We’re doing this campaign with other companies in the region. And we are also learning from that. For instance we leant that lorry drivers love being lorry drivers and are not going to change, therefore we are directing our efforts on other groups. Now we’re willing to to spread the information and the knowledge with other operators and countries so they can do the same

Recruiting is changing just as mobility services are changing…

We have to focus more on autonomous driving also because we would like to change the landscape within the cities for public transport, so it will be not just buses and not just trams, it’ll be on-demand, bicycles, car sharing… We are going towards a shared mobility concept that puts together different services. 

Will on-demand transportation be part of your projects?

If we are talking about smaller vehicles autonomous driven complementing the service offered by big vehicles, yes, we’ll do that. But if it’s just on demand like a taxi bus, I don’t see how to finance it.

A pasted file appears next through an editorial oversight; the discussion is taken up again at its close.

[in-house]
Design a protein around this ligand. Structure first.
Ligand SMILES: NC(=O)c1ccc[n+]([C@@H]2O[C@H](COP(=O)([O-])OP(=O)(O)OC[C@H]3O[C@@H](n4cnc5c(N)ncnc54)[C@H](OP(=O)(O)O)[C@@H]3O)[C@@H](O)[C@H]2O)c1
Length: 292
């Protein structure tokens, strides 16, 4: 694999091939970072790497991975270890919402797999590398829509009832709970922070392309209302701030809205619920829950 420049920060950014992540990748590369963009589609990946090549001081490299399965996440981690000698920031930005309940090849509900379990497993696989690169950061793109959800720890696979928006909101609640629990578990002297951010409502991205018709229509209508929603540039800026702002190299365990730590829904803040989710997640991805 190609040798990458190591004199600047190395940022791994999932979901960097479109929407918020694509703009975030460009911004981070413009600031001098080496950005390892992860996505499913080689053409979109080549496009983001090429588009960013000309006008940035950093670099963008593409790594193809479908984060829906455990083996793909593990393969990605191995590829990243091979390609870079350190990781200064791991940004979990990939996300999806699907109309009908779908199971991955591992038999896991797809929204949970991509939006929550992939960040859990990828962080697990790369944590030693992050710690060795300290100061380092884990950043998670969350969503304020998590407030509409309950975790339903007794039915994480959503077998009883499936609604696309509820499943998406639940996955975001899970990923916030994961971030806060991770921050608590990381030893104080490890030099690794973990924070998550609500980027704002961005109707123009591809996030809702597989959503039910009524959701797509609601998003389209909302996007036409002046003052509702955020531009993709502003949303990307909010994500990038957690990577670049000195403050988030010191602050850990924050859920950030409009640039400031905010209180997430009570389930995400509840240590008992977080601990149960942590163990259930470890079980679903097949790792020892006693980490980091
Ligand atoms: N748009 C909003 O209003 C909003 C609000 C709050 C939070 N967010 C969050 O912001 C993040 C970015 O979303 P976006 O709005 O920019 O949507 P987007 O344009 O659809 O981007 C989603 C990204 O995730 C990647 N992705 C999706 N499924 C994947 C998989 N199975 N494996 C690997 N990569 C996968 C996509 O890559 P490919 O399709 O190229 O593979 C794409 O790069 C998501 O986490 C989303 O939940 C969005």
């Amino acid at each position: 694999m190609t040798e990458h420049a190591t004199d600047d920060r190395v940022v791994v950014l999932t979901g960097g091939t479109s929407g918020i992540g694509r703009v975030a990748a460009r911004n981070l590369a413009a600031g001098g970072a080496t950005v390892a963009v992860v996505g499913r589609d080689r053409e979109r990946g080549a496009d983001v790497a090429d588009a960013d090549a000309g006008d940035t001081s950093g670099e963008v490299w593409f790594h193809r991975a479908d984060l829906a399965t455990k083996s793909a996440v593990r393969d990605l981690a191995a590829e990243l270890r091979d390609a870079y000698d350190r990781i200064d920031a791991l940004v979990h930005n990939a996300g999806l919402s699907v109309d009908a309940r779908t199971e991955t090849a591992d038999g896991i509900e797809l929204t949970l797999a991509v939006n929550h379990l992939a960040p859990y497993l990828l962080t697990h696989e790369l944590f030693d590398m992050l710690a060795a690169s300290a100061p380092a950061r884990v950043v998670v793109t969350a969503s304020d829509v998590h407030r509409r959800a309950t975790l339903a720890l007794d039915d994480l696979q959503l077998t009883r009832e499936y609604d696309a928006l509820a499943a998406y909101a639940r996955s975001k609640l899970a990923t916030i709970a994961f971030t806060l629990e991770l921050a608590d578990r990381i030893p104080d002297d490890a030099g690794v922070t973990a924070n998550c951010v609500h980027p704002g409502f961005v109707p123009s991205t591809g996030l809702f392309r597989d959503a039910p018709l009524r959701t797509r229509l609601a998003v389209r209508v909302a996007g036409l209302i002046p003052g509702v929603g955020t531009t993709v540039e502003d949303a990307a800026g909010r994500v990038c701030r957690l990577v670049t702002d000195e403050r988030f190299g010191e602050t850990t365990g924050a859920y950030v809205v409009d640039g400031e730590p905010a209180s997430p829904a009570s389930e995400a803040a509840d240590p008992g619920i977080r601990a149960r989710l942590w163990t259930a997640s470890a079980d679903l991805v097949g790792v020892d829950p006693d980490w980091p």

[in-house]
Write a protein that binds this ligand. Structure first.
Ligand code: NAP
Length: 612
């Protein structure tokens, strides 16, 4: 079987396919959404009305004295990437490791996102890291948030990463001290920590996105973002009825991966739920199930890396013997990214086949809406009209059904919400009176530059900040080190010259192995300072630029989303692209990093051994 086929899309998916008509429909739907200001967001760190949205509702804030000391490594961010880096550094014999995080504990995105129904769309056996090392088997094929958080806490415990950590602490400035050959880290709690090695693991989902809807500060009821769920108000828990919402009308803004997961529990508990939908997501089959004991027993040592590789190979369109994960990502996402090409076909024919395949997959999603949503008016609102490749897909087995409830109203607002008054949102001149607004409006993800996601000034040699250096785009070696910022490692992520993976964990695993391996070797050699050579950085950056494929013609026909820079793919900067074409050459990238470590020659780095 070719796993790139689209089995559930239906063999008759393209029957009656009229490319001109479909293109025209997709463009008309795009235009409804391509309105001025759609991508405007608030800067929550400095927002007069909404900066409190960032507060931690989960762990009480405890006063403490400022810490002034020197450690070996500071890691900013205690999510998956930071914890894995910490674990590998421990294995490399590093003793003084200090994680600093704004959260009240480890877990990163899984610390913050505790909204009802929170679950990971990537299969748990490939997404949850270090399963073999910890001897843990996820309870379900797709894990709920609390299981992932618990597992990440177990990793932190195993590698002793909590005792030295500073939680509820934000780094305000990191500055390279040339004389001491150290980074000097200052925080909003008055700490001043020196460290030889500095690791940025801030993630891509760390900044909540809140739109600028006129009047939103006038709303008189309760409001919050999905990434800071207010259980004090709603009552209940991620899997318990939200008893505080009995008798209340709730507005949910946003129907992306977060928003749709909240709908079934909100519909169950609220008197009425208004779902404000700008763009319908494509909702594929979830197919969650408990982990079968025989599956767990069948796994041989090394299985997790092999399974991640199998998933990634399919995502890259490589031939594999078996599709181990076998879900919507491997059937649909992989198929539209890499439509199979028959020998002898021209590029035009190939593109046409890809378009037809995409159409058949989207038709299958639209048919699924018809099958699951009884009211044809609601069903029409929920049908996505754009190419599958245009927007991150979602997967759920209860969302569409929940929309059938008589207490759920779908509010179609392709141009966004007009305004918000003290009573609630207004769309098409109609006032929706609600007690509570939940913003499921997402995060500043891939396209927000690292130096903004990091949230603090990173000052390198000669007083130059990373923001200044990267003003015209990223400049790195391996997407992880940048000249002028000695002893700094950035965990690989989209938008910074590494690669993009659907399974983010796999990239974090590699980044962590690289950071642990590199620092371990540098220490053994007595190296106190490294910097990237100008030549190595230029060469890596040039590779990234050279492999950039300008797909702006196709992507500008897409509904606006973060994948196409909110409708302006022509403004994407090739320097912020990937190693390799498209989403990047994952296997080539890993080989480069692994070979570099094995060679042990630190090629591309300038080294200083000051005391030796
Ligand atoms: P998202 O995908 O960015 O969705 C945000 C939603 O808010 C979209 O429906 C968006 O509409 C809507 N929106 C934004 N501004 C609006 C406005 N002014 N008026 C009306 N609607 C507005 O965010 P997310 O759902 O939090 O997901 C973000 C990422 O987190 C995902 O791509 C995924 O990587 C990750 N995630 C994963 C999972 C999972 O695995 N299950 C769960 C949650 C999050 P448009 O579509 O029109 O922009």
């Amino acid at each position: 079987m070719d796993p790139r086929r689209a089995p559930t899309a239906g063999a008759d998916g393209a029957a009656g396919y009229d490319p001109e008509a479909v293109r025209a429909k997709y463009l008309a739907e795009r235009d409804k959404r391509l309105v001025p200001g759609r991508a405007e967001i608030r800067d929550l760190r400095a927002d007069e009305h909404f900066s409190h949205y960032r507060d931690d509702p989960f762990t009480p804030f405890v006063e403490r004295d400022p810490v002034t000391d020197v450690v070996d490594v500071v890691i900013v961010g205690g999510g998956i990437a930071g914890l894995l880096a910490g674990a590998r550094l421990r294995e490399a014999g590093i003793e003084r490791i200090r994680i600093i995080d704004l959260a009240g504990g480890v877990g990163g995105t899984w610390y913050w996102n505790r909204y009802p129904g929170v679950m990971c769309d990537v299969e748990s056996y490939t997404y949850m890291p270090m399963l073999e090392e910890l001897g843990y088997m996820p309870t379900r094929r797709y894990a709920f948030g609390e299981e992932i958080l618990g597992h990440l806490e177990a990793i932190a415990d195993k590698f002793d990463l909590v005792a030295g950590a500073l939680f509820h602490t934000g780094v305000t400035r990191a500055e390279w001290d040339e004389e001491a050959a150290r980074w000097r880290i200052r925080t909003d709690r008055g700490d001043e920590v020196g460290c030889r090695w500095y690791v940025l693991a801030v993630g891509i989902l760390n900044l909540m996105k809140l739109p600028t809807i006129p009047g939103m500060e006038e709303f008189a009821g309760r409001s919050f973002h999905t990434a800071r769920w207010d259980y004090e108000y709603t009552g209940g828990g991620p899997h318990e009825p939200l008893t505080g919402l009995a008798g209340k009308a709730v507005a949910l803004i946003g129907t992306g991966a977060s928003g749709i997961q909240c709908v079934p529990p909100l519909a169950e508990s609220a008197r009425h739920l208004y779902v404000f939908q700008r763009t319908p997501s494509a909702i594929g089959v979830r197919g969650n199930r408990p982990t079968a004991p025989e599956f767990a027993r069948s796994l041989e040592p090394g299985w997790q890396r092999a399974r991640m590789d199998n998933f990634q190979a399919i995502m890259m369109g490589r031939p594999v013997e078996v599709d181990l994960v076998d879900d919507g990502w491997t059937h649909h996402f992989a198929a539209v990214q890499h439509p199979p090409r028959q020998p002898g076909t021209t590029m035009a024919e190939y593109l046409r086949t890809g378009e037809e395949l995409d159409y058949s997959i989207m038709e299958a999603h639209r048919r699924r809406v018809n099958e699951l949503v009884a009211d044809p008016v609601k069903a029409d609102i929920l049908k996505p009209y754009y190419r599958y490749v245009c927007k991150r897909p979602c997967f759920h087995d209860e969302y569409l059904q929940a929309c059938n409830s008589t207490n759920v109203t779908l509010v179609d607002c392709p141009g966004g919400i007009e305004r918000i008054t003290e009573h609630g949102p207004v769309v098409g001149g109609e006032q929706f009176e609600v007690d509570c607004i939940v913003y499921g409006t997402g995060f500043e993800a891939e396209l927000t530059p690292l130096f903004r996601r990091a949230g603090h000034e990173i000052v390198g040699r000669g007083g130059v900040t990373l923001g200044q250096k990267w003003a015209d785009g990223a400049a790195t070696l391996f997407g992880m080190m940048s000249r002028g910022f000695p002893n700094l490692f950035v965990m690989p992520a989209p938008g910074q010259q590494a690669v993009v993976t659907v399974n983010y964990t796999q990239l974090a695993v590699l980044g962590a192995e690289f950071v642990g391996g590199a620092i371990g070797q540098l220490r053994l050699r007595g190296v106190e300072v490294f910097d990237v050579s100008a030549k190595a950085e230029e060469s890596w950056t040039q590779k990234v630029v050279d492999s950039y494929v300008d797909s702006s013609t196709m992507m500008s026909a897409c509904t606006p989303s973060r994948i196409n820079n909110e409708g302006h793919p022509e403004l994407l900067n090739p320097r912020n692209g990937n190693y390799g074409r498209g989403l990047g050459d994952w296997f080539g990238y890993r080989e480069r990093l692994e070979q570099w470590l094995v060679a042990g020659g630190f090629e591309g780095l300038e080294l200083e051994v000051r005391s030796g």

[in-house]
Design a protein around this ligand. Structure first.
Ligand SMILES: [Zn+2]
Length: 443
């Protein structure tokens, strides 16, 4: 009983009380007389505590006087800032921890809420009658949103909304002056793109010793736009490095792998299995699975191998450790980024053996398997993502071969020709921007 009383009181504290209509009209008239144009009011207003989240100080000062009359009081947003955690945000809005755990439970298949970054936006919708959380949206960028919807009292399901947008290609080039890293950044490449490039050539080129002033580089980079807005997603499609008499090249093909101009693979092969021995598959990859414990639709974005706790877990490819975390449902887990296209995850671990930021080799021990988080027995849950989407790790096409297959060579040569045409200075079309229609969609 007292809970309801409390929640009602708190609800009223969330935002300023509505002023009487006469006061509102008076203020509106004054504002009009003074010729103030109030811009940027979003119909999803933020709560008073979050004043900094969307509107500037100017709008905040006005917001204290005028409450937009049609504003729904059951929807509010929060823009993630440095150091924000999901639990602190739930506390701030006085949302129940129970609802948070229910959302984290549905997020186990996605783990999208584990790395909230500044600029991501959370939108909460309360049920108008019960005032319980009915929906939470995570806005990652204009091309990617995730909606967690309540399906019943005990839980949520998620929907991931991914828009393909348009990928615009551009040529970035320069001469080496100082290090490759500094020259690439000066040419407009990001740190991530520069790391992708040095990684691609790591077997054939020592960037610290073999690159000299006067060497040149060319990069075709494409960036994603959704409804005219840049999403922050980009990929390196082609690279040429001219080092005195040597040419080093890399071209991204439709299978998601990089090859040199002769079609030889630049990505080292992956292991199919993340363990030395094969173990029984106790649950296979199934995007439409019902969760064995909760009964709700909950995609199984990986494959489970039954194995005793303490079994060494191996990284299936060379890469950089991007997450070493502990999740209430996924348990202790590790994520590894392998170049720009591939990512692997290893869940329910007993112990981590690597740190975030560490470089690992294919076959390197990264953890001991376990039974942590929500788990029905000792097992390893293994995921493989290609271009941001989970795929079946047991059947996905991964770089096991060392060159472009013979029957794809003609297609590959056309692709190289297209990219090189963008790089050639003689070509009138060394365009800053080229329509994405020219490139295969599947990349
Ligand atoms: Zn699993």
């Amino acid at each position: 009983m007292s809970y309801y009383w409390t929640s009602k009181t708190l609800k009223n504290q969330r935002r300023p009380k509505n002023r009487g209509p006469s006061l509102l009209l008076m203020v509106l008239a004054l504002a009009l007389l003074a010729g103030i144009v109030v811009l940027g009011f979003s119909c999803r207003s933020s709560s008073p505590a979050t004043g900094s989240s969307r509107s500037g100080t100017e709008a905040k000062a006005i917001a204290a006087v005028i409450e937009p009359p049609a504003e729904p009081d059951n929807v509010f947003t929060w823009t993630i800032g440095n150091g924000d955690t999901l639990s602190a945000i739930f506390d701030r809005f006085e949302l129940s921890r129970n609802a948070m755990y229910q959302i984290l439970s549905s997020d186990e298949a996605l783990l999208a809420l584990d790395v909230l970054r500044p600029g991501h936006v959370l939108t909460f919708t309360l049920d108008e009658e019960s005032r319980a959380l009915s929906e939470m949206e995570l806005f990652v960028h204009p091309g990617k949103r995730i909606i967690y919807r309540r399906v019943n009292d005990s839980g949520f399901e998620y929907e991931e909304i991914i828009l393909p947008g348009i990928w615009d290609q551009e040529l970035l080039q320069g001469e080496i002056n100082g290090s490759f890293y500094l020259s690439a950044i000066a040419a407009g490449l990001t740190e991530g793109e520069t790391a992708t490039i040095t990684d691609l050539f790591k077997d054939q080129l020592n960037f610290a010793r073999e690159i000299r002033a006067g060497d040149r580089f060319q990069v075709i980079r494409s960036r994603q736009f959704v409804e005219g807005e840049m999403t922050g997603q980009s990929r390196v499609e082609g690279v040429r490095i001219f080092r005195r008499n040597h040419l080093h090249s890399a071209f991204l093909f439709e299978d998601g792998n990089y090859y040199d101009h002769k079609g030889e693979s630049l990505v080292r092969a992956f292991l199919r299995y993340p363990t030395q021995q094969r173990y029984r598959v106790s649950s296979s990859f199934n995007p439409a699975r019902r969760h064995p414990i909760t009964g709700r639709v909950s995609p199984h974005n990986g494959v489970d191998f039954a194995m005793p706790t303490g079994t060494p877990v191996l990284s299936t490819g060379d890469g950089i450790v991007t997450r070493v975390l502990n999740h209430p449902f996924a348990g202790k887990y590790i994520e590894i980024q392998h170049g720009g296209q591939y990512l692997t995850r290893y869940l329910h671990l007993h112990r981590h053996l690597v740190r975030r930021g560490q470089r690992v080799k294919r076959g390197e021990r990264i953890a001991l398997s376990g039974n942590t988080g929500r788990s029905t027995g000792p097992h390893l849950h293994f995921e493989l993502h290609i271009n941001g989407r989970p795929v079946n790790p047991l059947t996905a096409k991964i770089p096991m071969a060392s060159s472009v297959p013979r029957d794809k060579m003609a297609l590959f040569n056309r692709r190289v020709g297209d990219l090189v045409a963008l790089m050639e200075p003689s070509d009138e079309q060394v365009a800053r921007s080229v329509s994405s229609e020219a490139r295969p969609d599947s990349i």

We are going to do everything that could bring people on shared mobility vehicles. That’s why goFlux carpooling system is working and other cities, such Hamburg, are following.

Aren’t you afraid this will take people out of public transport?

No It’s not taking users from transit, I think it’s going to to get more people into the public transport, into the collective mobility system, with people learning that they can make it without their private car. Bonn has great public transport network but in the outskirts service is less frequent. There needs to be other services to complement: bike sharing, car sharing etc.

If you had to put in order the main concerns of public transport operators in Germany, which would be your list?

Shortage of drivers and funding are in the first line. Also considering that Deutschlandticket is taking lots of money from us. The same tickets that we sold for between 70 to 200 euros just in the area of Bonn is now 49 euros. Before we had 70% revenue from customers, now it’s almost half, 35%. This year and next year we are still taking from the government a compensation on the basis of how much we took before 2019. But this will stop. Public transport is not possible without public support. Before Deutschlandticket we took 70% of our revenue from people using public transport, I think it’s wonderful to allow people to travel all over Germany with 49 euros and not relying that much on people who are using it. But there must be a clear way to finance it. 

Highlights